This series in Computers and Medicine had its origins when I met Jerry Stone of Springer-Verlag at a SCAMC meeting in 1982. We determined that there was a need for good collections of papers that would help disseminate the results of research and application in this field. I had already decided to do what is now Information Systems for Patient Care, and Jerry contributed the idea of making it part of a series. In 1984 the first book was published, and—thanks to Jerry’s efforts — Computers and Medicine was underway.
Since that time, there have been many changes. Sadly, Jerry died at a very early age and cannot share in the sucess of the series that he helped found. On the bright side, however, many of the early goals of the series have been met. As the result of equipment improvements and the consequent lowering of costs, computers are being used in a growing number of medical applications, and the health care community is very computer literate. Thus, the focus of concern has turned from learning about the technology to understanding how that technology can be exploited in a medical environment.
This maturing of what is now called medical informatics caused me to reevaluate my objectives. I had a choice of learning more about the medical domain or building on my development experience to concentrate on the computer science aspects of system implementation. I chose the latter. I made many friends in my work with computers and medicine—at Johns Hopkins, in the professional community, and at Springer-Verlag. It has taken me longer that I expected just to say goodbye.
However, with this revised introduction I close out my last year as series editor. I must thank the authors and production people who made it all so easy for me. I am very pleased that Helmuth Orthner, of the George Washington University Medical Center, will succeed me as series editor. We have worked together for over a decade, and I am certain that he will bring the knowledge, insight, and background that will make this series respond to the dynamic needs of medical informatics.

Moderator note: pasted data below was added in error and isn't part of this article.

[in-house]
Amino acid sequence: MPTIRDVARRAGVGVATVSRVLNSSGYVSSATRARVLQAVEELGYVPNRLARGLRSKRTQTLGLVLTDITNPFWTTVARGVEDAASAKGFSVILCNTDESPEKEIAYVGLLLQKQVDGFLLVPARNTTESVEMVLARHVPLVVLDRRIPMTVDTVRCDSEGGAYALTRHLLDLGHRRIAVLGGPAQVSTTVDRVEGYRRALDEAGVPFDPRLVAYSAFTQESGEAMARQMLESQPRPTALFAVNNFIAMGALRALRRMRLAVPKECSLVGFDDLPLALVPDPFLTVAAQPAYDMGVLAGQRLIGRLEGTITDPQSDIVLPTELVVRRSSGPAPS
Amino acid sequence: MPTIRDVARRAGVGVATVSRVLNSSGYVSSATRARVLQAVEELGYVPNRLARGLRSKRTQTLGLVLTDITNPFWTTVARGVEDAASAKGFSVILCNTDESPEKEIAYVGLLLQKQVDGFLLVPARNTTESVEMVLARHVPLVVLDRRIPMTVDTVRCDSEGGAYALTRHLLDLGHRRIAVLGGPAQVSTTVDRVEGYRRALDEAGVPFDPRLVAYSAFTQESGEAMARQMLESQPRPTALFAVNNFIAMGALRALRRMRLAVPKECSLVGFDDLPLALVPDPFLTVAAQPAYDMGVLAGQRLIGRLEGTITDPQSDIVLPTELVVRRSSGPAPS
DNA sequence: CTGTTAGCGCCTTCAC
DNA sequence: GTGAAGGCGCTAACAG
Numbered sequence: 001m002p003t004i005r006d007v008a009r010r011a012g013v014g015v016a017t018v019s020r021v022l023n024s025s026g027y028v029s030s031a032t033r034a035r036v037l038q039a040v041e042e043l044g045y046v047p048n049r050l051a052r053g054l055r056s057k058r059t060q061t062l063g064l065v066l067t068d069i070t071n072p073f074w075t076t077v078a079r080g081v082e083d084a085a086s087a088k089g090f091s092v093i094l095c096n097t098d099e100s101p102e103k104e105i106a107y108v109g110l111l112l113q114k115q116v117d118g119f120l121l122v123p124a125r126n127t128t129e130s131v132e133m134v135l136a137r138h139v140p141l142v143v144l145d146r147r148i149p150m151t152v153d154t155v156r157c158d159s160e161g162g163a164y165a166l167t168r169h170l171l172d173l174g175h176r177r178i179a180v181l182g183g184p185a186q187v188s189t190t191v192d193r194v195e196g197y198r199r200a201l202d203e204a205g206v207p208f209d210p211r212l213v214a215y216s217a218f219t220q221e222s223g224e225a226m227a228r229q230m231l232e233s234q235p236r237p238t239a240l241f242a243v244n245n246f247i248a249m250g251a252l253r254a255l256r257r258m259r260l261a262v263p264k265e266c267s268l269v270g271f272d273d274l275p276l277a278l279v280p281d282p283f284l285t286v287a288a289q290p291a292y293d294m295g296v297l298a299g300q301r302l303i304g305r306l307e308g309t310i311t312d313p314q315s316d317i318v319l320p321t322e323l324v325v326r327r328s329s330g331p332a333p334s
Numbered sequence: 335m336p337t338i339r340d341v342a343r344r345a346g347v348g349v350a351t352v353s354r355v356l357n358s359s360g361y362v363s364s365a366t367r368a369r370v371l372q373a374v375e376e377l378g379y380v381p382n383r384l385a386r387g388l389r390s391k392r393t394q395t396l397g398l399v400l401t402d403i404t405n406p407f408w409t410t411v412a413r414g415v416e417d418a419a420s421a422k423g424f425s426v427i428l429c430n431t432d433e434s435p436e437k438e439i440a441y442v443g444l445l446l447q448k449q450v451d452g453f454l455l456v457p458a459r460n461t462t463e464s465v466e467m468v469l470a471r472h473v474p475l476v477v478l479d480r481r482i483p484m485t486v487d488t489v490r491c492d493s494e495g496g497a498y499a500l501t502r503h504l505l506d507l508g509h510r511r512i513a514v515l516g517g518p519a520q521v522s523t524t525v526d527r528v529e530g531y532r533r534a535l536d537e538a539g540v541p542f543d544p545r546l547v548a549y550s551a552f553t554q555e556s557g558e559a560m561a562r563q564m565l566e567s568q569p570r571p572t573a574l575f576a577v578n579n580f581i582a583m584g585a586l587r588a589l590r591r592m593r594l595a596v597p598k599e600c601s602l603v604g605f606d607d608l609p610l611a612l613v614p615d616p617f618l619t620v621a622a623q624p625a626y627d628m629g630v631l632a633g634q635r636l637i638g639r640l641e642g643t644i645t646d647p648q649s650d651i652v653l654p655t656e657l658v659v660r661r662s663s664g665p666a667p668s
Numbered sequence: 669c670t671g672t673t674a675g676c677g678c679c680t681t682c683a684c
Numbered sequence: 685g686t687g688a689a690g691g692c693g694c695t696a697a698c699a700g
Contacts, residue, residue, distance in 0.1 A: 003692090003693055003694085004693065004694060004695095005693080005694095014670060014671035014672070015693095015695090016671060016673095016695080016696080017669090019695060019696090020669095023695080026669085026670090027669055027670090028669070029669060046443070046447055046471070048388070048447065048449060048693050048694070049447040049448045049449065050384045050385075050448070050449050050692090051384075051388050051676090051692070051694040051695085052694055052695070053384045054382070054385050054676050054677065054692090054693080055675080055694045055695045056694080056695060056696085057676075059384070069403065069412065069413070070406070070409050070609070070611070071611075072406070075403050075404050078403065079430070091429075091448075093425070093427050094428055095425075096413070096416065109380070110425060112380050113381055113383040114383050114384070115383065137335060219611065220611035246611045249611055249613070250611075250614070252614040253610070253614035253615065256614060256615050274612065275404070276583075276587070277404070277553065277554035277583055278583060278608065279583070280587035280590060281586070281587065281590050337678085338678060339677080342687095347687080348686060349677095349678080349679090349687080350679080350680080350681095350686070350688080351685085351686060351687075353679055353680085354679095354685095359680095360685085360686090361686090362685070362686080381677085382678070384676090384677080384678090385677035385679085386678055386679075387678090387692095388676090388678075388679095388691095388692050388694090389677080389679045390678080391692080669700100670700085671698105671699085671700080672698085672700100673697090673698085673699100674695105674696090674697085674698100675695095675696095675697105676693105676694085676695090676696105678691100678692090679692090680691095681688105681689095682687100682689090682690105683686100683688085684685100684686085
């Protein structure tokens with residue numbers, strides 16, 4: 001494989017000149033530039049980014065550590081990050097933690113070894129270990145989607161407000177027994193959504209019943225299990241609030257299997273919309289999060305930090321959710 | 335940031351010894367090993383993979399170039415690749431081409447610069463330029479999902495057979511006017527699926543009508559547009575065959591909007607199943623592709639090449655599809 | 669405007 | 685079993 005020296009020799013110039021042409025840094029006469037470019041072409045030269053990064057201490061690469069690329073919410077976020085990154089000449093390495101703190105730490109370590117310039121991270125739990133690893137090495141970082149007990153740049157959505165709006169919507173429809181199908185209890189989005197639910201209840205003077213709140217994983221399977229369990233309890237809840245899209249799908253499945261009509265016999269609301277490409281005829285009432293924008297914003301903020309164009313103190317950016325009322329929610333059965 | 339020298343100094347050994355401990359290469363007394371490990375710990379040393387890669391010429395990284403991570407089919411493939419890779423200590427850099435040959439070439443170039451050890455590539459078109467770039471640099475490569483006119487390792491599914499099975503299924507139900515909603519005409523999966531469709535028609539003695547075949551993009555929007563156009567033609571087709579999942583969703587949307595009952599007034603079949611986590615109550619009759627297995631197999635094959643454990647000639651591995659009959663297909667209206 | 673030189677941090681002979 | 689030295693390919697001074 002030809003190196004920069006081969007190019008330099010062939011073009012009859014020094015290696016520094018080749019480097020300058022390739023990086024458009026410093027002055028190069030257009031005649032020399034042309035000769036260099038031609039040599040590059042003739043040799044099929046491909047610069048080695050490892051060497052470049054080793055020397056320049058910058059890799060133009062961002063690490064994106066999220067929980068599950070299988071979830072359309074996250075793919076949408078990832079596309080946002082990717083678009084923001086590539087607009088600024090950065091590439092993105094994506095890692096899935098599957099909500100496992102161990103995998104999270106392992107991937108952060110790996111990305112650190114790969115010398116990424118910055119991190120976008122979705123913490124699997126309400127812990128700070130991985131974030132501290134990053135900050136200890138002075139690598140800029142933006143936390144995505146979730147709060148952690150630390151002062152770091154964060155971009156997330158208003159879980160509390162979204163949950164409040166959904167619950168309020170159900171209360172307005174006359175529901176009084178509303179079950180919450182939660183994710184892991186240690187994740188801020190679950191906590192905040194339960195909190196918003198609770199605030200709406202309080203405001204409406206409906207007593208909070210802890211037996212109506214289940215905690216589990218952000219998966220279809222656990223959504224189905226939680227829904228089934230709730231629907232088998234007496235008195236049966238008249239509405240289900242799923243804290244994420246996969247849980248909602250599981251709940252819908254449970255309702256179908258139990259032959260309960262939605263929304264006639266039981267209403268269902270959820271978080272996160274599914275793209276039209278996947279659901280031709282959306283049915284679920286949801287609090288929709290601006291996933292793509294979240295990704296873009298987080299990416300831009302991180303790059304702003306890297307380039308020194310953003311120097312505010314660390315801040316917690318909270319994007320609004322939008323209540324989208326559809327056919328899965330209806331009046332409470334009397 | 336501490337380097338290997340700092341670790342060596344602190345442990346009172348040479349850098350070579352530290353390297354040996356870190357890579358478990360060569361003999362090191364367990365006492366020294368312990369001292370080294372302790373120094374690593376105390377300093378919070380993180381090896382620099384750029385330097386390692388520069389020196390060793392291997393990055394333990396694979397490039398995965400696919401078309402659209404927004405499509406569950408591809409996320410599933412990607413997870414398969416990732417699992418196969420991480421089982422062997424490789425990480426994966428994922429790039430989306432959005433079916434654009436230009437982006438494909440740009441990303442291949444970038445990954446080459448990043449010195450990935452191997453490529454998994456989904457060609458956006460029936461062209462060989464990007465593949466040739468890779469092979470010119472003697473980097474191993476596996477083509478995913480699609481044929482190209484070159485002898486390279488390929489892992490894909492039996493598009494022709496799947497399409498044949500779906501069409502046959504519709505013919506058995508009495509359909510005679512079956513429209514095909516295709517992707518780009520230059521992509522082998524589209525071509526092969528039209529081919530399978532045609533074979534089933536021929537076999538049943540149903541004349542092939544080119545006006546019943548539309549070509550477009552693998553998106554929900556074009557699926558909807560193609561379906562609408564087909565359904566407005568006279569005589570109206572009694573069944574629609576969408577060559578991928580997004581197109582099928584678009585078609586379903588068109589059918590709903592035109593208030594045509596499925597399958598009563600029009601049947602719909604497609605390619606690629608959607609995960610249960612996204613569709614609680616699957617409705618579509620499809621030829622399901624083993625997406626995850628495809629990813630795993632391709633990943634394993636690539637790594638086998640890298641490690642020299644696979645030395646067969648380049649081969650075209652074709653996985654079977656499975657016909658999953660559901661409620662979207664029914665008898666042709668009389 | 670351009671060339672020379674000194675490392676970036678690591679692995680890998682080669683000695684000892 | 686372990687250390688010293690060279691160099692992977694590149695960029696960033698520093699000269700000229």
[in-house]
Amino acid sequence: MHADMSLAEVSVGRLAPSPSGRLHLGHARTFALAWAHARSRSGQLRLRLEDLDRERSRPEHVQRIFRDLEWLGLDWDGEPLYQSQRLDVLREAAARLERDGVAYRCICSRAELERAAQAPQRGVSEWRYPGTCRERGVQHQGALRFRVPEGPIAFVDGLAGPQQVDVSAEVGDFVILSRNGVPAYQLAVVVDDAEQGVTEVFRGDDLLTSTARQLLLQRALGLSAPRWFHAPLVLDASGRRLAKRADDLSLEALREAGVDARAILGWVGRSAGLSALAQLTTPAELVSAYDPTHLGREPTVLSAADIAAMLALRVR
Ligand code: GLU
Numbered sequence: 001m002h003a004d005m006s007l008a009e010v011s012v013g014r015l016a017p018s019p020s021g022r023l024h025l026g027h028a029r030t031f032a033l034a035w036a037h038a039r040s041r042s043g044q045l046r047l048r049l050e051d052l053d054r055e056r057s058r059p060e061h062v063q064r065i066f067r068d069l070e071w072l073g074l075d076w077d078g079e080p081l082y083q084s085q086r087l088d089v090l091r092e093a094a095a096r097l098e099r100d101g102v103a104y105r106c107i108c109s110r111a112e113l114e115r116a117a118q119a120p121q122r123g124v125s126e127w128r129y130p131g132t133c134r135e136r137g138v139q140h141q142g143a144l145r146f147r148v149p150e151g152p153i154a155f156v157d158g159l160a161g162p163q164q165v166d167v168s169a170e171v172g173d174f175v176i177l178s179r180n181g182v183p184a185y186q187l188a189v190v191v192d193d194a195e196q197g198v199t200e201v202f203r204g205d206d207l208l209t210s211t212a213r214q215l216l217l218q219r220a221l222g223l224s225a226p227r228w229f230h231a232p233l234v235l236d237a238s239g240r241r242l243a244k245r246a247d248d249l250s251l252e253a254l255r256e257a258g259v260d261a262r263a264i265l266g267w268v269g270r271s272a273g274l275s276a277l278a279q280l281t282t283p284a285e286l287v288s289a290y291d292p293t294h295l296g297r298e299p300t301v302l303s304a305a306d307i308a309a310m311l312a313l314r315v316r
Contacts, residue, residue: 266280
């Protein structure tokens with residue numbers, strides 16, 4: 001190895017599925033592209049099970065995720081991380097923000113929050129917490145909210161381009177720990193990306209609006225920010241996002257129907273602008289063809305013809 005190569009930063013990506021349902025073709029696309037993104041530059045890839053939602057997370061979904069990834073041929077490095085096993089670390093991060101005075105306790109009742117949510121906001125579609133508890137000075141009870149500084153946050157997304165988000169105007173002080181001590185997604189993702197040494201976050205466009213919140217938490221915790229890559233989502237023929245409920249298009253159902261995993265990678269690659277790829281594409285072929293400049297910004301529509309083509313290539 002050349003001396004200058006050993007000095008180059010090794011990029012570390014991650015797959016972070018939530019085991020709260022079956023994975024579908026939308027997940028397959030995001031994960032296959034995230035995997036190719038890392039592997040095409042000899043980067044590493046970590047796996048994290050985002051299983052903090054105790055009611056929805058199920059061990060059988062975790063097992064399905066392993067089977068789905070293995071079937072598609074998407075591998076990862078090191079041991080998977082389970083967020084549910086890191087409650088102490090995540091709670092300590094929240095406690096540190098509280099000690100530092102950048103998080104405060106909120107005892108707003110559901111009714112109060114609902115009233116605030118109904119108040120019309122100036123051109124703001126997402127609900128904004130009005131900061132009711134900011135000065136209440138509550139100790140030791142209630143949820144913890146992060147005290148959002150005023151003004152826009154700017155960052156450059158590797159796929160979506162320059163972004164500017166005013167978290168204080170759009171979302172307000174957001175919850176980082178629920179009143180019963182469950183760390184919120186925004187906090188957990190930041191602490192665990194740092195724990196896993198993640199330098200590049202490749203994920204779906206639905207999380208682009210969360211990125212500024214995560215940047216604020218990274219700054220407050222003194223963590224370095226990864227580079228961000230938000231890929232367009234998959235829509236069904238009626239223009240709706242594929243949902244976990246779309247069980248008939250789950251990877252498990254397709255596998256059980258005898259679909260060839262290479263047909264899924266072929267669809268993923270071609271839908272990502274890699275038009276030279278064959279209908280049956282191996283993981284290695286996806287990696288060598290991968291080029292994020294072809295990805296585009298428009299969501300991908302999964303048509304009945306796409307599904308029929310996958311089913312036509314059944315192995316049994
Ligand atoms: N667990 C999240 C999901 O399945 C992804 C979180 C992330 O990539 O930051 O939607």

By way of conclusion, let me observe that although many things have changed, the need for this series has not diminished. In the original Series Preface I wrote that there was a gap between current practice and the state-of-the-art. The three paragraphs that followed are equally true today, and I close out this final preface with them.
The lag in the diffusion of technology results from a combination of two factors. First, there are few sources designed to assist practitioners in learning what the new technology can do. Secondly, because the potential is not widely understood, there is a limited marketplace for some of the more advanced applications; this in turn limits commercial interest in the development of new products.
In the next decade, one can expect the field of medical information science to establish a better understanding of the role of computers in medicine. Furthermore, those entering the health care professions already will have had some formal training in computer science. For the near term, however, there is a clear need for books designed to illustrate how computers can assist in the practice of medicine. For without these collections, it will be very difficult for the practitioner to learn about a technology that certainly will alter his or her approach to medicine.
And that is the purpose of this series: the presentation of readings about the interaction of computers and medicine. The primary objectives are to describe the current state-of-the-art and to orient medical and health professionals and students with little or no experience with computer applications. We hope that this series will help in the rational transfer of computer technology to medical care.
Laurel, Maryland 1988